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Tuition fees about to be imposed in Germany

Haivas, IrenaReid, Katie. Student BMJ; London Vol. 13,  (Mar 2005). DOI:10.1136/sbmj.050392a

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German students may have to pay tuition fees after the High Court ruled that individual states have the right to introduce fees.

The decision reached by the Federal Constitutional Court on 26 February, which overturned the ban on tuition fees introduced by the Social Democrat Party (SDP) led ruling coalition two years ago, opened the way for states to start charging students.

Bavaria may try to introduce fees by the end of the year. Hamburg, Baden-Wurttemberg, Lower Saxony, and Saarland are also keen to start charging students. In Baden-Wurttemberg students may have to pay by spring in 2006, according to a weekly news magazine, Der Spiegel.

But the economics minister in Saarland, Jurgen Schreier (Christian Democratic Union), said that there would be no tuition fees until scholarships were available, and he said he would put "thoroughness and social balance before speed."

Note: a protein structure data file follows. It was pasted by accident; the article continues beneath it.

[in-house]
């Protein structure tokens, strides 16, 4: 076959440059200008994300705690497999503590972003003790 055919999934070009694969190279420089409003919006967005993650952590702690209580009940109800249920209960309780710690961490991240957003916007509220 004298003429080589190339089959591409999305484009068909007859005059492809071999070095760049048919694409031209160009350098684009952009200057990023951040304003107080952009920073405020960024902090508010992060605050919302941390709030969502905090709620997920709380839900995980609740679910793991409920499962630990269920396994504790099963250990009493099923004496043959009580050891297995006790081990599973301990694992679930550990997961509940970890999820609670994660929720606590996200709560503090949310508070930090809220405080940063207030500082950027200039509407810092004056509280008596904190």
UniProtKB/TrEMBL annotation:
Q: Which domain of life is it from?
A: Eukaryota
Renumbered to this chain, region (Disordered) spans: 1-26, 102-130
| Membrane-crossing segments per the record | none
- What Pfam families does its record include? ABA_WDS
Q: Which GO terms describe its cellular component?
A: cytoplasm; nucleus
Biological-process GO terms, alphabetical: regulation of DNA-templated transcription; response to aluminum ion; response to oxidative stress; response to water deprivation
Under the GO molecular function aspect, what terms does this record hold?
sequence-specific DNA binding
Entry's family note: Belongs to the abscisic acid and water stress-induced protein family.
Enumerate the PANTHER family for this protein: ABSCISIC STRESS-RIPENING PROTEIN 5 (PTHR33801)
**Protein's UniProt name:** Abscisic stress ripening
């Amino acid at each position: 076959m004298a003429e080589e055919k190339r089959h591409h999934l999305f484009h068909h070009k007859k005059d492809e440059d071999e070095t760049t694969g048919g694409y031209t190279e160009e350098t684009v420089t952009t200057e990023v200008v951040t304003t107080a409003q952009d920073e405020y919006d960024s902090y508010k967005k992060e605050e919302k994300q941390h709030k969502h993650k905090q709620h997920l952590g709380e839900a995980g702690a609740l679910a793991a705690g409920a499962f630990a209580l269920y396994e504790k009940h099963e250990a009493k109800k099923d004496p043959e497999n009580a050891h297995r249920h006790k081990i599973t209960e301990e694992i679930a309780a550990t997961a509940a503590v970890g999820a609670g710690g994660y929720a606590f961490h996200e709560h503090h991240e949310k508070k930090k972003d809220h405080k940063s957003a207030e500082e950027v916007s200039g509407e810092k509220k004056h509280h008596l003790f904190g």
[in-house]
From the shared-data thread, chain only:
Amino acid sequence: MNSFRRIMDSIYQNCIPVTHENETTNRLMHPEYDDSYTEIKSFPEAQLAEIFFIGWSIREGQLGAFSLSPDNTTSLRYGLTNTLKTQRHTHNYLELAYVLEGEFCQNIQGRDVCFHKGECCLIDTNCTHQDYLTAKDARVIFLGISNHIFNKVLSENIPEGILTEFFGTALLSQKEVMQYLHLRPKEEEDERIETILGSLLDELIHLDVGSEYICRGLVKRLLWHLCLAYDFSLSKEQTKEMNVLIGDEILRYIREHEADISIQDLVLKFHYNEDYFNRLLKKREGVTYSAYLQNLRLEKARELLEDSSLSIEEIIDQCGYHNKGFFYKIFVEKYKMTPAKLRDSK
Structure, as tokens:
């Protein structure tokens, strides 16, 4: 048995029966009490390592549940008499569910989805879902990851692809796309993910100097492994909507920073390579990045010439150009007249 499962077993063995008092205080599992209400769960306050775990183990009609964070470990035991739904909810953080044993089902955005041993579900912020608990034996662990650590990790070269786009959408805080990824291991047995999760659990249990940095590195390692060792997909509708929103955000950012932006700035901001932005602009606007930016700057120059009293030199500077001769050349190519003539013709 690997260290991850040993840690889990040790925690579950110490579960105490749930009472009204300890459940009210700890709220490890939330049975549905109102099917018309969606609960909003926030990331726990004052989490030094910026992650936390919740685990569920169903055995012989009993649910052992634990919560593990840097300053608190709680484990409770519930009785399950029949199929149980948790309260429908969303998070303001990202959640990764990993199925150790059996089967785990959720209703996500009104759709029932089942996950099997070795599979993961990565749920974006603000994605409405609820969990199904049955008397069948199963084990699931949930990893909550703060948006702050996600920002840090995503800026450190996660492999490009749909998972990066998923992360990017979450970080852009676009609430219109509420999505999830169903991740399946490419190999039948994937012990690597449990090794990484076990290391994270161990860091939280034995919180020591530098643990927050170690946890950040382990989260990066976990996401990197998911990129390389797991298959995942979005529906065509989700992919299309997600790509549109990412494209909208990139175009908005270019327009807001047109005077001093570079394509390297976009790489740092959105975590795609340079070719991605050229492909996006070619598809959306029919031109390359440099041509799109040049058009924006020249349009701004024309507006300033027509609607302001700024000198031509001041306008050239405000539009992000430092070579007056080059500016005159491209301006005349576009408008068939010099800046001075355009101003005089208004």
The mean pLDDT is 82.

SDP Chancellor Gerhard Schröder has warned the states that the introduction of fees could deter students. At a pre-election party conference in Husum, Schleswig-Holstein, on 2 February, he said that Germany didn't need fewer students, but more.

SDP education minister Edelgard Bulmahn urged states not to make students pay for education and told them "not to act rashly but to make sure that pupils from lower income families can still study in our country."

10'000 students protested against the introduction of tuition fees in various towns and cities across Germany. Students are concerned about how fees will be used by the universities.

Marion Csiky, spokesperson for the Ministry of Science, Research and Arts in Baden-Wurttemberg told the Student BMJ , that the introduction of fees will raise the quality of the university system. She added that the additional money will improve the number of seminars and faculty members can be better adjusted. "Students will be able to take loans,...